In “A People’s History of War in America,” you will explore how conflict, from the colonial era to the present day, encouraged change within American society. By studying how Native American nations, common foot soldiers, enslaved peoples, and marginalized and disfranchised men and women experienced and participated in wars throughout US history, you will develop an understanding of their personal and collective feelings, thoughts, and motivations that spilled forth through war.
The course is especially attentive to the historical role that social ideals have played in the prosecution of war. You will examine how concepts such as freedom, democracy, citizenship, and duty gave meaning to violence, and how in post-war periods, marginalized groups pointed to their collective sacrifice in war and demanded that these sustaining ideals be honored and actualized in American society.
You will read the work of leading historians and engage with a wide variety of source materials. You will debate the meaning of “a people’s history,” learn how such histories are constructed, and grapple with why social historians are motivated to craft “histories from below” that give voice to less conspicuous historical actors. You will also watch films produced to glorify and denounce war. In this way, you will construct a foundation for critical thinking and research in the humanities and social sciences.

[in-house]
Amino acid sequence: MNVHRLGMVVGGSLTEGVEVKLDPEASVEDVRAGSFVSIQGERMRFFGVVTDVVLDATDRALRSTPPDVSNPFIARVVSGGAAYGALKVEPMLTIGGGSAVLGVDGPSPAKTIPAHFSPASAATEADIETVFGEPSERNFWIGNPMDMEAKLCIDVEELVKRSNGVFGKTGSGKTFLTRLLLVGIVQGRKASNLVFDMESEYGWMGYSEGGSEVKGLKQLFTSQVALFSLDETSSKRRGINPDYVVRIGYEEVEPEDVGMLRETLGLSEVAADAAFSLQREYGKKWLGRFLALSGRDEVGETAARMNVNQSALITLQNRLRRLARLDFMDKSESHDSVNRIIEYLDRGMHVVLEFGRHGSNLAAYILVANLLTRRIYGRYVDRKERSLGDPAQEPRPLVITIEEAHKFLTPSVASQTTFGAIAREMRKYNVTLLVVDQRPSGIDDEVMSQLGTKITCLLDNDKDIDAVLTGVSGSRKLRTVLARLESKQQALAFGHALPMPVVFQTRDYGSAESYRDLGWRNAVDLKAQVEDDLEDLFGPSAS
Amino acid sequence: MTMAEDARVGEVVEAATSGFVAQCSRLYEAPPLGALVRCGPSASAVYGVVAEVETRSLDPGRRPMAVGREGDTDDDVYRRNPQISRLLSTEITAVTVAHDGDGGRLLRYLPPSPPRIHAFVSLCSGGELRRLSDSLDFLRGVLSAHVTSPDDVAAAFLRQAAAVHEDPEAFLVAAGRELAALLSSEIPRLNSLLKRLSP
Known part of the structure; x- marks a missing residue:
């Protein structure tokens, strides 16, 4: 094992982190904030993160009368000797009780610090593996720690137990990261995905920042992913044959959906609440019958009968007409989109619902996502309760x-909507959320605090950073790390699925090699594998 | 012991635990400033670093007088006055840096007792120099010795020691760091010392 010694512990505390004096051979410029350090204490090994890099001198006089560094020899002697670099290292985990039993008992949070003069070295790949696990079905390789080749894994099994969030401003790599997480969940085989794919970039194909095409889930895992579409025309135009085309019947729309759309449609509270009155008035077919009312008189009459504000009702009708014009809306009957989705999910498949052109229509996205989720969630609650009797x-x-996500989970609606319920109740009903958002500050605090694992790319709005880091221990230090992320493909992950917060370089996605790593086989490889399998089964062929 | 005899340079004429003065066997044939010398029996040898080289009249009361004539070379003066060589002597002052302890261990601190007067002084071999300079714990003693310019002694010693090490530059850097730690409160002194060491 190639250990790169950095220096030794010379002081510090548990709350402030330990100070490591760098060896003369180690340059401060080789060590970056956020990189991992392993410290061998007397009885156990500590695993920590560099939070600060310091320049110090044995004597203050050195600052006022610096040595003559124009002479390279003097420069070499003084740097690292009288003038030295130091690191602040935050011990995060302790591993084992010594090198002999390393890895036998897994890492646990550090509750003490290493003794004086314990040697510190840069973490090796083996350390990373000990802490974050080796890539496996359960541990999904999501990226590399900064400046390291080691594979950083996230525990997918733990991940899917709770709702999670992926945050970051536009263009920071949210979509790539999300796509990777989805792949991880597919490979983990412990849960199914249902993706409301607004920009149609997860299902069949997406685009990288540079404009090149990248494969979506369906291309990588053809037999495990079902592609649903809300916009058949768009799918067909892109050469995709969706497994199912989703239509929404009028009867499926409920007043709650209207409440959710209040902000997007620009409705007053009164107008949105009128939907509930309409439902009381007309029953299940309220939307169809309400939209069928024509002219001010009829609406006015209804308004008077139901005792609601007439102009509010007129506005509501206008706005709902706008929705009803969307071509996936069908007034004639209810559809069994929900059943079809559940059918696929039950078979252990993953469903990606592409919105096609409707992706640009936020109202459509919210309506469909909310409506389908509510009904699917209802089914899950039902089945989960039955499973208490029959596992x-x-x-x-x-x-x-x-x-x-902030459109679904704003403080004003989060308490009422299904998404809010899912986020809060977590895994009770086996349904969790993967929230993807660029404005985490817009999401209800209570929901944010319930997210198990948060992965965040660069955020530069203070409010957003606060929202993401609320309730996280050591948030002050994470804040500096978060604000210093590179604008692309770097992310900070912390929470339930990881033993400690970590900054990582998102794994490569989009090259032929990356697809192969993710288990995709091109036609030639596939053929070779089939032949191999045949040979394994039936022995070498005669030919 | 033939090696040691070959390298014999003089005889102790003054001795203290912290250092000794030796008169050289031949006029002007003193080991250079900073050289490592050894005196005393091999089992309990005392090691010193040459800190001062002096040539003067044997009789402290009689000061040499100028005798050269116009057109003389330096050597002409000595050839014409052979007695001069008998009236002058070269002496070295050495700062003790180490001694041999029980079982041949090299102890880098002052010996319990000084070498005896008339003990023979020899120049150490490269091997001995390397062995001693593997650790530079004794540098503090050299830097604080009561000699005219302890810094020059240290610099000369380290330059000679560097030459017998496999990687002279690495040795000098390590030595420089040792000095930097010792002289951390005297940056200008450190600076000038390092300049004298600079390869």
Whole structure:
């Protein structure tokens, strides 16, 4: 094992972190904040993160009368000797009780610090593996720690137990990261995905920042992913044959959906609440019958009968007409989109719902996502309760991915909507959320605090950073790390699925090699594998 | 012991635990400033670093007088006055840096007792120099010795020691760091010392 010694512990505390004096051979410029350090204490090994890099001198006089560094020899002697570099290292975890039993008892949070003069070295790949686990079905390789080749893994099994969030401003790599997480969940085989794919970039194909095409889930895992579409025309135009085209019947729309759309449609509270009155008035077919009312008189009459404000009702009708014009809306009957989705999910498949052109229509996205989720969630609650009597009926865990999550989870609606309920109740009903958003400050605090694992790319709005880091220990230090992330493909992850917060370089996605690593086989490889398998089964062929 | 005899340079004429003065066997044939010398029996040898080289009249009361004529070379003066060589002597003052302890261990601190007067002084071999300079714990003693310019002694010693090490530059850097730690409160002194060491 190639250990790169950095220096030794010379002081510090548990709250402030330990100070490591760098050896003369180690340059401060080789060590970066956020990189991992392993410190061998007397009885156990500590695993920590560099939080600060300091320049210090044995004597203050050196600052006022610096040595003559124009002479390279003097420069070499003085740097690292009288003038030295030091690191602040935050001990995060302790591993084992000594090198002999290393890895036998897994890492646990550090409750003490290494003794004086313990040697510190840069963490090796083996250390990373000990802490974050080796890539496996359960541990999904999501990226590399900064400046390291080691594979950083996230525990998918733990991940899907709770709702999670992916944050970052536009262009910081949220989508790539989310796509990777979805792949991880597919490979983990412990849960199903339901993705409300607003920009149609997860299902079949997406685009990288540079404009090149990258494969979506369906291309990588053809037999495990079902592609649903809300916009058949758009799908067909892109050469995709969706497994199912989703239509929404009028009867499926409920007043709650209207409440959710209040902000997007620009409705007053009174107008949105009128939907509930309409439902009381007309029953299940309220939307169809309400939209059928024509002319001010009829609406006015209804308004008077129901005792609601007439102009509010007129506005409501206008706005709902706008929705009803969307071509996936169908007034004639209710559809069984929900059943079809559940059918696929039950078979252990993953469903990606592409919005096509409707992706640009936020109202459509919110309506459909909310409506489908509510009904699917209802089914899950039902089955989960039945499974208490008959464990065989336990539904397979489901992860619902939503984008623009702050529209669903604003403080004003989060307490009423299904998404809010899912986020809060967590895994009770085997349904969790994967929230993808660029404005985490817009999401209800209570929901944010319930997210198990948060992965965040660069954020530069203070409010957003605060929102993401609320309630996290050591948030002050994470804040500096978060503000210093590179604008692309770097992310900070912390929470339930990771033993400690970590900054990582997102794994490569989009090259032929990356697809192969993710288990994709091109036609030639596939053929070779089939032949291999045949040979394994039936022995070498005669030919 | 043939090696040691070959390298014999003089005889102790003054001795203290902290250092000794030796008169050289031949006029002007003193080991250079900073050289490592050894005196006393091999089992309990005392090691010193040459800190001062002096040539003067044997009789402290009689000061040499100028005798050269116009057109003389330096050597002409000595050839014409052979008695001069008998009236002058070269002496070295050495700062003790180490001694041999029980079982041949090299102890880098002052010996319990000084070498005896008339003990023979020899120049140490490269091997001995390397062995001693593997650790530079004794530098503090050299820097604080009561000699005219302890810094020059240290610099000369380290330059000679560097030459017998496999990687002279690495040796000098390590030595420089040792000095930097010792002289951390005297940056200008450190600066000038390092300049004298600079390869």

“A People’s History…” supports your transition to college by strengthening skills essential for college success. This includes your ability to contribute effectively in seminar discussions and write compelling essays. To these ends, you will learn how to:
• master "intelligent reading" skills to gather critical information from course readings with increased efficiency.
• analyze source material and think historically.
• develop, organize, and craft powerful written arguments supported by concrete evidence.
• improve the analytical depth and clarity of thought and expression in their writing.
• confidently express themselves and their thoughts with concision in group discussions.
No prerequisites are required for this course. A sense of excitement for a journey through three hundred years of US History is welcomed.
Online sections of Pre-College courses are offered in one of the following modalities: Asynchronous, Mostly asynchronous, or Blended. Please review full information regarding the experience here.